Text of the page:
Yager celebrates new laws to battle Opioid Epidemic

Sen. Yager participates in event recognizing Governor Bill Haslam’s signing of major legislation addressing Tennessee’s opioid epidemic

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Governor Bill Haslam and State Senator Ken Yager holds freshly signed bill to battle opioid epidemic.

Sen. Yager participates in event recognizing Governor Bill Haslam’s signing of major legislation addressing Tennessee’s opioid epidemic

(NASHVILLE) –  Senator Ken Yager (R-Kingston) recently participated in a ceremony with Governor Bill Haslam at Blount Memorial Hospital in Maryville marking the signing of a new law to fight Tennessee’s opioid epidemic.   Yager’s legislation addresses the law enforcement and treatment components of a three-pronged legislative plan to curb abuse, while a separate measure deals with the prevention component.  Both laws, which are part of Gov. Haslam’s TN Together initiative, became effective on July 1.

“Each day in Tennessee, at least three people die from an opioid-related overdose,” said Sen. Yager, who has worked diligently to address drug abuse during his legislative tenure, including passage of laws cracking down on ‘pill mills’ in the state.  “That means that just about every family in our state has been affected in some way by drug abuse, whether it is a friend, co-worker, family member or loved one.”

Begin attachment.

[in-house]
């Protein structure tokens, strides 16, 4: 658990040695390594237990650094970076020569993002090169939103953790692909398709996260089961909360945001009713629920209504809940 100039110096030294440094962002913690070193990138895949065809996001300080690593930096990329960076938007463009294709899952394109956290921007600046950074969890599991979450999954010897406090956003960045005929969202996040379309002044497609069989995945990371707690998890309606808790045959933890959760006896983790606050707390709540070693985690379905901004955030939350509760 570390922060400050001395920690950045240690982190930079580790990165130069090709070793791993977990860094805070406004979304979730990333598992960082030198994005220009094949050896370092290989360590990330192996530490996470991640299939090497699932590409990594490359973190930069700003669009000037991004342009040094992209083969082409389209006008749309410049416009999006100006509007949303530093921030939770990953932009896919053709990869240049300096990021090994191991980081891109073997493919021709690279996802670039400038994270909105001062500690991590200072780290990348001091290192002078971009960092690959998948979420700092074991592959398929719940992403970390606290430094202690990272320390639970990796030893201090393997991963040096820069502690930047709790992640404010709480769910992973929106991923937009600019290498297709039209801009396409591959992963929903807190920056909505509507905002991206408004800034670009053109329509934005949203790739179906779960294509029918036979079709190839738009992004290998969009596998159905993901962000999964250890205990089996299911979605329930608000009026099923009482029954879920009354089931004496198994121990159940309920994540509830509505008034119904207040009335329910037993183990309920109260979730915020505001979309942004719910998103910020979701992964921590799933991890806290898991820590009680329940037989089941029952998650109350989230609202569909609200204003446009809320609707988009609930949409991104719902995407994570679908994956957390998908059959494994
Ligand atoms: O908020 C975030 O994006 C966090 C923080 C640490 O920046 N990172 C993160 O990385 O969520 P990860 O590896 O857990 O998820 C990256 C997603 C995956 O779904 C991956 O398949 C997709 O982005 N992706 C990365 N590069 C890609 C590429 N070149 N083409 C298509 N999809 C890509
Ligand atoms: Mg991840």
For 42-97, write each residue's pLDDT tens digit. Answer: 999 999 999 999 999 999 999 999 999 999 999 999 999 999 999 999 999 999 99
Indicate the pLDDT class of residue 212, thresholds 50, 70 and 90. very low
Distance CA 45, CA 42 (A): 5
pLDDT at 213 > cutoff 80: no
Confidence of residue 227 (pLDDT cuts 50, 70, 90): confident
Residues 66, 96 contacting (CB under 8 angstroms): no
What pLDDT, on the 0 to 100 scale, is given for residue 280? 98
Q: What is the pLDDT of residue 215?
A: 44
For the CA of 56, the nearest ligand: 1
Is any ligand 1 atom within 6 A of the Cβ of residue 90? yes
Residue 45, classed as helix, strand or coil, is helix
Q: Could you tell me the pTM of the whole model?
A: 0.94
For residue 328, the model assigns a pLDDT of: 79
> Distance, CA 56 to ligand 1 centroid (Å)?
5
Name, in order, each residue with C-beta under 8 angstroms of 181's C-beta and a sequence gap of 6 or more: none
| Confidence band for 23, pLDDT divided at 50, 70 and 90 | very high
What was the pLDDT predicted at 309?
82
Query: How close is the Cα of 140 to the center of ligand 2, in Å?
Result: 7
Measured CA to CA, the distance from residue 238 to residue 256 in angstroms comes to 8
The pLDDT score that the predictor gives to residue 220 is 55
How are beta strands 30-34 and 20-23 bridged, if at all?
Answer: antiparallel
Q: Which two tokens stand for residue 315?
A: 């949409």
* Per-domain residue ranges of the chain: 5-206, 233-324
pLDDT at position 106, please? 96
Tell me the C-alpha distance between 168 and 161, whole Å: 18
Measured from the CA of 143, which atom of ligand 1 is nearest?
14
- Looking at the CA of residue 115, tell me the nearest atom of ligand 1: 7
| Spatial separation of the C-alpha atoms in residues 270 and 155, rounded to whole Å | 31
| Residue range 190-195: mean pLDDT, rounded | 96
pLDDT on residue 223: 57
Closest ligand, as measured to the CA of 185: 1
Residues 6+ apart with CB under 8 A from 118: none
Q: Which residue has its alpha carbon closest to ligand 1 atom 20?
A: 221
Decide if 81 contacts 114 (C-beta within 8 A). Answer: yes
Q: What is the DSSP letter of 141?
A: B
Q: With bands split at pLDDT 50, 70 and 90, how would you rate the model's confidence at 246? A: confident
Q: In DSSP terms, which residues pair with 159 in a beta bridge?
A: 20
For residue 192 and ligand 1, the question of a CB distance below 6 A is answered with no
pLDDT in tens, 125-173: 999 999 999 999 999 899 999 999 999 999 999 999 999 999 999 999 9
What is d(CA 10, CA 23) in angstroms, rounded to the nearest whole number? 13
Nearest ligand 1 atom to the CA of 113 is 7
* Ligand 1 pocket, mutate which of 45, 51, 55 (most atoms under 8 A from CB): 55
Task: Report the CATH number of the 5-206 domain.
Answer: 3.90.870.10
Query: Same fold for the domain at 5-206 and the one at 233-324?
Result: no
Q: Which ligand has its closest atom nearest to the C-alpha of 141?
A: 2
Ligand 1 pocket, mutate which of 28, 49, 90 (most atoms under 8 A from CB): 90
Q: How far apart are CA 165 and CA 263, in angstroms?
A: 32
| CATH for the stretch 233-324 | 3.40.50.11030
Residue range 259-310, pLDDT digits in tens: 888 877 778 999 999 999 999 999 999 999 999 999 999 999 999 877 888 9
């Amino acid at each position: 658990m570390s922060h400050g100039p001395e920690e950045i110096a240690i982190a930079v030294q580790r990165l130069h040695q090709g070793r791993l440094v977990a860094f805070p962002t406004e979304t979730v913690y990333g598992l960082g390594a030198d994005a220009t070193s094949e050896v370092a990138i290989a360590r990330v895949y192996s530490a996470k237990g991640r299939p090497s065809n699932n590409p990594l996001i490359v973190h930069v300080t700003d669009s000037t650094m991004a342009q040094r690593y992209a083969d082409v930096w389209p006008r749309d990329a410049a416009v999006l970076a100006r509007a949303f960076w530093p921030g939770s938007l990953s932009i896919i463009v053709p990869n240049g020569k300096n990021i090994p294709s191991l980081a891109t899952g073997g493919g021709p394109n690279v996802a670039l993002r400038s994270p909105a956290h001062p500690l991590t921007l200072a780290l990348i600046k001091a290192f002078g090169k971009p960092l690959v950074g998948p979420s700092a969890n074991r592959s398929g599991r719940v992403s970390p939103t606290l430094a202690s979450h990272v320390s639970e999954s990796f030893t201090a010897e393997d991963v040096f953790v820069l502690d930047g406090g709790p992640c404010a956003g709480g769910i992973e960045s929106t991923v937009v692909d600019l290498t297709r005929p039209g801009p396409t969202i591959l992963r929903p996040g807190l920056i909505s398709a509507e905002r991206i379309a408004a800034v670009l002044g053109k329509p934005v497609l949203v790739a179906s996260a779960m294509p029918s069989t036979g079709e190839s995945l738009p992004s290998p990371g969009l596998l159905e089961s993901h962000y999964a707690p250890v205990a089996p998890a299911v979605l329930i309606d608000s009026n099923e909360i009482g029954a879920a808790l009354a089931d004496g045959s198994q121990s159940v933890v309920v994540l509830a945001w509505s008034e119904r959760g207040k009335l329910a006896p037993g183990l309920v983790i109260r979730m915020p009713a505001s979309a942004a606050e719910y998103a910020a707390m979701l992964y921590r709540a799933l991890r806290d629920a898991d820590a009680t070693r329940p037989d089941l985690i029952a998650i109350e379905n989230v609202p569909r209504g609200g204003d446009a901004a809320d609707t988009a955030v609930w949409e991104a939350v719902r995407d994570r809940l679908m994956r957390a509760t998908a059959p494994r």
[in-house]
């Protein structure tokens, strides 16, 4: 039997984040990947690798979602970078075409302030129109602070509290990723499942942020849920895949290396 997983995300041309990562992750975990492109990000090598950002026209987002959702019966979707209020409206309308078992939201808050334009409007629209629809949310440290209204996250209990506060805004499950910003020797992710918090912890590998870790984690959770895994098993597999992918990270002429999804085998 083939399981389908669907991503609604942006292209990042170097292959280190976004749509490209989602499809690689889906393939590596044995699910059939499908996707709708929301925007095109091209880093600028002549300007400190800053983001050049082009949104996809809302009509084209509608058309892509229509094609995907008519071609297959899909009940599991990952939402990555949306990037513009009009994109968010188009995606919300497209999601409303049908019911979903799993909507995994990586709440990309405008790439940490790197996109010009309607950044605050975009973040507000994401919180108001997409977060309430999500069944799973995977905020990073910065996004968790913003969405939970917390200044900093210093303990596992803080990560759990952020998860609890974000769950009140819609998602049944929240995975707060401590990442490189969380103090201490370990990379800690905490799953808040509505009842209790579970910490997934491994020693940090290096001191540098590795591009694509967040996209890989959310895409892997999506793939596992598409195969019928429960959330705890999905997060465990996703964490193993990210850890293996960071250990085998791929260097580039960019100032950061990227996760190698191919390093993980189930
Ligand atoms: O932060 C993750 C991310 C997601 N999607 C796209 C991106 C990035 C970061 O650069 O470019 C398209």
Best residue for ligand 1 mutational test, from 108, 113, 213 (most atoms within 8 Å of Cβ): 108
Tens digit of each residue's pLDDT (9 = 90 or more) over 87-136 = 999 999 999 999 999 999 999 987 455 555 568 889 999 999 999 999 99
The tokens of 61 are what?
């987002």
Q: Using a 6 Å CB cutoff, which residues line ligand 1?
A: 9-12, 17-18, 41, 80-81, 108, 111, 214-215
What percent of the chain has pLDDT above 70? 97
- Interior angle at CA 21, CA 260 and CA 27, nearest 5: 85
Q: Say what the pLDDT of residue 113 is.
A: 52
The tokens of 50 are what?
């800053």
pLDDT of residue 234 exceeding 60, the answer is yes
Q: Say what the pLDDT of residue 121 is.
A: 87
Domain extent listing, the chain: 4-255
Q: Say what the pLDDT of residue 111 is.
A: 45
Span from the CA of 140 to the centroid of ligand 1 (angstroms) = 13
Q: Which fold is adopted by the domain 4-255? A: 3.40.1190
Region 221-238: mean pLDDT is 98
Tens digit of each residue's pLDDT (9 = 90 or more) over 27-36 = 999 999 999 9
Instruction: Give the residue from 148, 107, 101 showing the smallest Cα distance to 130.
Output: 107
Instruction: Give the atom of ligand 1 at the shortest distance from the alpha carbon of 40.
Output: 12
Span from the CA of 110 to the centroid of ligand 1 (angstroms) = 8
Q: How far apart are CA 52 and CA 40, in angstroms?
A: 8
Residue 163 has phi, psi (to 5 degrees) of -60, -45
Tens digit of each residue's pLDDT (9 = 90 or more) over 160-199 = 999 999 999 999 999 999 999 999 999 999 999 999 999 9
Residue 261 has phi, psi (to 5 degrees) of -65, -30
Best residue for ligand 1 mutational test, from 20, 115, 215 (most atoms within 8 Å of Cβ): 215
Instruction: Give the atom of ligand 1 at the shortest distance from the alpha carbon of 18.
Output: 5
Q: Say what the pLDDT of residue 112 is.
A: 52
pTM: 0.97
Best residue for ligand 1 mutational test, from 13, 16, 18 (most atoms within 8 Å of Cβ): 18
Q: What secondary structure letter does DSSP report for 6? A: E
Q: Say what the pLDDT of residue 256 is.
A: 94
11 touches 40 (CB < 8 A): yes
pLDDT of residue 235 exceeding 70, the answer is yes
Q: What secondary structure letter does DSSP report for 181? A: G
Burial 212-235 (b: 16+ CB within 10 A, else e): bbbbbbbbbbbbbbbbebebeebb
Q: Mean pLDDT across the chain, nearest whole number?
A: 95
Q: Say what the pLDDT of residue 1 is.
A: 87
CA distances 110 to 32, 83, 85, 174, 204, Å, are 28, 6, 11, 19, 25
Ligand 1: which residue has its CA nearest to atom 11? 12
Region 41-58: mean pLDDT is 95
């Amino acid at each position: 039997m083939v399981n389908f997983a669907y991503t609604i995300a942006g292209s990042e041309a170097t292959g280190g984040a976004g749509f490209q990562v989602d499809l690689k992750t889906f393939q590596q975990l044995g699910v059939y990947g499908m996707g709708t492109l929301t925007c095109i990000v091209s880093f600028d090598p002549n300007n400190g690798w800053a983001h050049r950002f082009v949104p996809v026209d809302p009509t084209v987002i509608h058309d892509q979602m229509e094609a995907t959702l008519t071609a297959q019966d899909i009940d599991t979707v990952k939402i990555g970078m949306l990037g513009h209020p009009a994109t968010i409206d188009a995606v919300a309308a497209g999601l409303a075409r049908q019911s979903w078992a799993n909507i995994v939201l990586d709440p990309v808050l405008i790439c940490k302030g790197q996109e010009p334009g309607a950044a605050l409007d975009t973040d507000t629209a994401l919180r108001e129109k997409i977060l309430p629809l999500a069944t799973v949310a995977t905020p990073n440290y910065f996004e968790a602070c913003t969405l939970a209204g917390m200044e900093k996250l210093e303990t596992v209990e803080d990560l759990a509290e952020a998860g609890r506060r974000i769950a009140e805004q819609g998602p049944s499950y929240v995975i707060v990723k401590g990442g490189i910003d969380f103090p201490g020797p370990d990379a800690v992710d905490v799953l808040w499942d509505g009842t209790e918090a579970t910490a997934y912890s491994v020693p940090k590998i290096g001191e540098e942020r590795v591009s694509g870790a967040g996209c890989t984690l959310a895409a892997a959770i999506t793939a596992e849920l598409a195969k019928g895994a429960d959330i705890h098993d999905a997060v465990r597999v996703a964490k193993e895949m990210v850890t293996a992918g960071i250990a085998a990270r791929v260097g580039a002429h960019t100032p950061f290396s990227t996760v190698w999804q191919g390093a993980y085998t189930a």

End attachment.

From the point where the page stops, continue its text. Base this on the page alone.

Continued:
The state budget, which also became effective July 1, provides $30 million to fund treatment and law enforcement programs included in the act.  This includes hiring more officers in the Tennessee Bureau of Investigation and providing intensive substance use treatment programs for offenders while incarcerated.

“These initiatives aim to roll back Tennessee’s opioid epidemic,” added Yager.  “We need to give law enforcement the tools they need to attack the problem, while providing more resources for treatment.  I believe this legislation will make great inroads in helping individuals and families who suffer as a result of opioid abuse.”

The new law also strengthens penalties for the use and unlawful distribution of fentanyl – a dangerous and addictive drug which is up to 100 times more potent than morphine.

“Through this multifaceted approach, Tennessee can be successful in its continued fight against the opioid epidemic and reverse the addiction, overdose and illicit distribution trends that continue to plague the state and nation,” Yager concluded.

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